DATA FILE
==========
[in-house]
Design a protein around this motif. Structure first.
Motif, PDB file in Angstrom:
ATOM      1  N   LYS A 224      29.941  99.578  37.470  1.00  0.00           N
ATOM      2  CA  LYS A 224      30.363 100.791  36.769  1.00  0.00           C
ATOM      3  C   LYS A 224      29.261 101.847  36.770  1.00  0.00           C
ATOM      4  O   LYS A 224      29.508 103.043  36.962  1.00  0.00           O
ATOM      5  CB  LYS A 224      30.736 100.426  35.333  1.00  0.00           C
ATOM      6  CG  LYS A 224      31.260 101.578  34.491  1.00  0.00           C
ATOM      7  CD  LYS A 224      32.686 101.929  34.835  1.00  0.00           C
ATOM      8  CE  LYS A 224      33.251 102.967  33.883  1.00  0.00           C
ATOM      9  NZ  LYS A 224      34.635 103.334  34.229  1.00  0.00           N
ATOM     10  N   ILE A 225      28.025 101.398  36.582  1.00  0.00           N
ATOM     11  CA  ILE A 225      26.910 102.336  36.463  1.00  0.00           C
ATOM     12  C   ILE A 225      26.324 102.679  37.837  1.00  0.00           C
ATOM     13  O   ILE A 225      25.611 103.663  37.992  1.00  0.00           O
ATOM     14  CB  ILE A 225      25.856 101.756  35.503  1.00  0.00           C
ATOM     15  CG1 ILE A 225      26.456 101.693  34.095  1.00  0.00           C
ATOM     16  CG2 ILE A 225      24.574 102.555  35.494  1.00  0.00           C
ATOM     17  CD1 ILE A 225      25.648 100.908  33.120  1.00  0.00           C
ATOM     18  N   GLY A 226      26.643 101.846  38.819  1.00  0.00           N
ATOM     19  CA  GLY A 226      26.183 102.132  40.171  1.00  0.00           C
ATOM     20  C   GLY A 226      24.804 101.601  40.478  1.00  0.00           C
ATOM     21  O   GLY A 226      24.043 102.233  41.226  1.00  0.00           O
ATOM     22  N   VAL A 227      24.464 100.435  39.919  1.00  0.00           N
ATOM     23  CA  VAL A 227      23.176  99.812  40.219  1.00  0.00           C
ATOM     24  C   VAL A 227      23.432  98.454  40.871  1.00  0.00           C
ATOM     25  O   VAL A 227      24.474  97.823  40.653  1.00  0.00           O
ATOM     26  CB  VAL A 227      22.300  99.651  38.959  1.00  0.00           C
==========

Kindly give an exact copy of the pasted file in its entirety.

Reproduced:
[in-house]
Design a protein around this motif. Structure first.
Motif, PDB file in Angstrom:
ATOM      1  N   LYS A 224      29.941  99.578  37.470  1.00  0.00           N
ATOM      2  CA  LYS A 224      30.363 100.791  36.769  1.00  0.00           C
ATOM      3  C   LYS A 224      29.261 101.847  36.770  1.00  0.00           C
ATOM      4  O   LYS A 224      29.508 103.043  36.962  1.00  0.00           O
ATOM      5  CB  LYS A 224      30.736 100.426  35.333  1.00  0.00           C
ATOM      6  CG  LYS A 224      31.260 101.578  34.491  1.00  0.00           C
ATOM      7  CD  LYS A 224      32.686 101.929  34.835  1.00  0.00           C
ATOM      8  CE  LYS A 224      33.251 102.967  33.883  1.00  0.00           C
ATOM      9  NZ  LYS A 224      34.635 103.334  34.229  1.00  0.00           N
ATOM     10  N   ILE A 225      28.025 101.398  36.582  1.00  0.00           N
ATOM     11  CA  ILE A 225      26.910 102.336  36.463  1.00  0.00           C
ATOM     12  C   ILE A 225      26.324 102.679  37.837  1.00  0.00           C
ATOM     13  O   ILE A 225      25.611 103.663  37.992  1.00  0.00           O
ATOM     14  CB  ILE A 225      25.856 101.756  35.503  1.00  0.00           C
ATOM     15  CG1 ILE A 225      26.456 101.693  34.095  1.00  0.00           C
ATOM     16  CG2 ILE A 225      24.574 102.555  35.494  1.00  0.00           C
ATOM     17  CD1 ILE A 225      25.648 100.908  33.120  1.00  0.00           C
ATOM     18  N   GLY A 226      26.643 101.846  38.819  1.00  0.00           N
ATOM     19  CA  GLY A 226      26.183 102.132  40.171  1.00  0.00           C
ATOM     20  C   GLY A 226      24.804 101.601  40.478  1.00  0.00           C
ATOM     21  O   GLY A 226      24.043 102.233  41.226  1.00  0.00           O
ATOM     22  N   VAL A 227      24.464 100.435  39.919  1.00  0.00           N
ATOM     23  CA  VAL A 227      23.176  99.812  40.219  1.00  0.00           C
ATOM     24  C   VAL A 227      23.432  98.454  40.871  1.00  0.00           C
ATOM     25  O   VAL A 227      24.474  97.823  40.653  1.00  0.00           O
ATOM     26  CB  VAL A 227      22.300  99.651  38.959  1.00  0.00           C